I am glad that the Government recognise the pressures on those trying to buy their own home, and I recognise that home ownership is the aspiration of many of my constituents, but the Government refuse to recognise that renting is a valid and, indeed, necessary option for many families. The support being offered to renters is minimal and the policies divisive. If it is right to offer a public subsidy to enable a young person to get a mortgage to buy their first home, why is it wrong to give a proper subsidy, via housing benefits, to another young person aged under 35 to rent a home of their own? Let us remember that both young people could be in work.
If it is right to provide a public subsidy to a young couple wanting to buy a new and perhaps larger home for a growing family, why is it wrong to subsidise the same family if they want to remain in social rented accommodation and also need more space as kids grow and develop? As my hon. Friend Mr McKenzie said, Government support to buy a home or get a mortgage will be of no use to those of my constituents who are either not working or in short-term insecure employment, which means that they are not attractive to mortgage lenders and have no choice but to rent.
Failure to support working families on the lowest incomes and those on out-of-work benefits feeds across to other policy areas. The child care announcements will benefit many better-off families, but as the Resolution Foundation pointed out, only 40% of those on universal credit will benefit from the maximum 85% rate, while those looking for work will not get any help at all when engaged in a job search. The same is true of the increase in the personal tax threshold, which is of no help to those on very low wages whose earnings are too low for them even to pay tax. The poor and the working poor have therefore once again totally missed out in the Budget, and as a result deprived families and communities will become more deprived.
I welcome the many good things in the Budget, but I want to focus on one omission. The Prime Minister and the coalition have suggested that marriage should be recognised in the tax system, but yet another Budget has not recognised it. Other countries across the OECD have recognised it, but Great Britain has not. That point has to be underlined. The Prime Minister was right to commit to bringing us back into line with international best practice, and the benefits of marriage to individuals, families and society are considerable and plain to see, yet the Government have again singularly failed to deliver.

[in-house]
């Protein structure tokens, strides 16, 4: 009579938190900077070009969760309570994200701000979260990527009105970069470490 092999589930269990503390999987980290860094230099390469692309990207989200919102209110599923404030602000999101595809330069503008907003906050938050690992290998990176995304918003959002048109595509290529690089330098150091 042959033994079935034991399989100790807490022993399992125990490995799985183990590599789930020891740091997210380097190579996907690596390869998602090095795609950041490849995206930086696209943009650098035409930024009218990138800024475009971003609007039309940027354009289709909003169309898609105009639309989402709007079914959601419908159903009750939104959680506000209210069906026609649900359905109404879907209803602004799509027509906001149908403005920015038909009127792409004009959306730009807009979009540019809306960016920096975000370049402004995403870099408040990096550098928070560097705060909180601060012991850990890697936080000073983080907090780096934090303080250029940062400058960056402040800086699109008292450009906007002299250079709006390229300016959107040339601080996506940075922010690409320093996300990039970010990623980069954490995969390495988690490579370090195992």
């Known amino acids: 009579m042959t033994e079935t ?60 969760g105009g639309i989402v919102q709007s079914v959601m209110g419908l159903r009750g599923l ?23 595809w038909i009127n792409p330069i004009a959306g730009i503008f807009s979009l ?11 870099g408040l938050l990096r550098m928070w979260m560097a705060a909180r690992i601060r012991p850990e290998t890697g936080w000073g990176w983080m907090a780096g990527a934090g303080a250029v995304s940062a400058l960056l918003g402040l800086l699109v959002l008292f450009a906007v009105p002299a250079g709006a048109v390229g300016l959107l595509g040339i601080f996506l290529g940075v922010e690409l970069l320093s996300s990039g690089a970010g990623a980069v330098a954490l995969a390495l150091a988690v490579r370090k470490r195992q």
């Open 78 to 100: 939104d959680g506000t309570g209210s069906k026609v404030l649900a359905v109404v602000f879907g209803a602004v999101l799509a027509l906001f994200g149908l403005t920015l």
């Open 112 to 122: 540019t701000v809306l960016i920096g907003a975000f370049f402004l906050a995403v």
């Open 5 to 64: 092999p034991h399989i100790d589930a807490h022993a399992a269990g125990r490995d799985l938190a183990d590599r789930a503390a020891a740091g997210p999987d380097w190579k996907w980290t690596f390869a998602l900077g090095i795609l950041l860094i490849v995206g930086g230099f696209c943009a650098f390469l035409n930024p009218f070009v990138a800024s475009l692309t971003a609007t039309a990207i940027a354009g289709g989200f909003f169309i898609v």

The greater benefits of marriage reach out beyond the family structure, leading to stronger and more cohesive communities. The Relationships Foundation has shown that the cost of family failure has increased to a staggering £44 billion, which means that failed relationships across the United Kingdom cost the taxpayer £1,470 each per year. In that context, the Government should be doing all they can to support family stability, and that is best secured by supporting marriage. They should be encouraging and supporting marriage and the bond of commitment, not making it harder to marry in this country than across the rest of the OECD. Again, the Government have failed to address that issue.
In recent years, the Government have said repeatedly that they back recognising marriage in the tax system, but the reality is very different. It was a headline commitment in both the Conservative manifesto and the coalition agreement. If that is not enough, public support for a transferable allowance is plain. A 2012 YouGov poll showed that 70% of people who expressed an opinion supported a tax allowance for married couples. So why the inaction?
“Recognition of marriage in the tax system will require HMRC to make various operational changes, particularly in the IT systems. Can he reassure us that this preparatory work is already under way so that when the Government bring forward legislation to recognise marriage in the tax system there is no further delay? If he cannot do so tonight, will he make it an urgent priority to make a statement to the House setting out the time that will be required to change the IT systems and announce that he has instructed that work to begin in readiness for the introduction of the transferable allowance legislation?”—[Hansard, 3 July 2012; Vol. 547, c. 880.]
This issue is even more pressing today because, unlike the last Budget, this Budget is quite possibly the last opportunity the Government will have to introduce the necessary Budget resolution if transferable allowances are to be up and running by the next election. If they take more than 12 months and the Government wait until the 2014 Budget, that means there will almost certainly be no transferable allowance in place at the next election. That would be tragic. I very much hope that the Minister will be good enough to answer the question today and explain either that the process will take significantly less than 12 months, so that the system can be introduced at the Budget and fully implemented within the time frame of the coalition agreement—that is, before May 2015—or that the Government will amend the Finance Bill so that the IT changes can start now.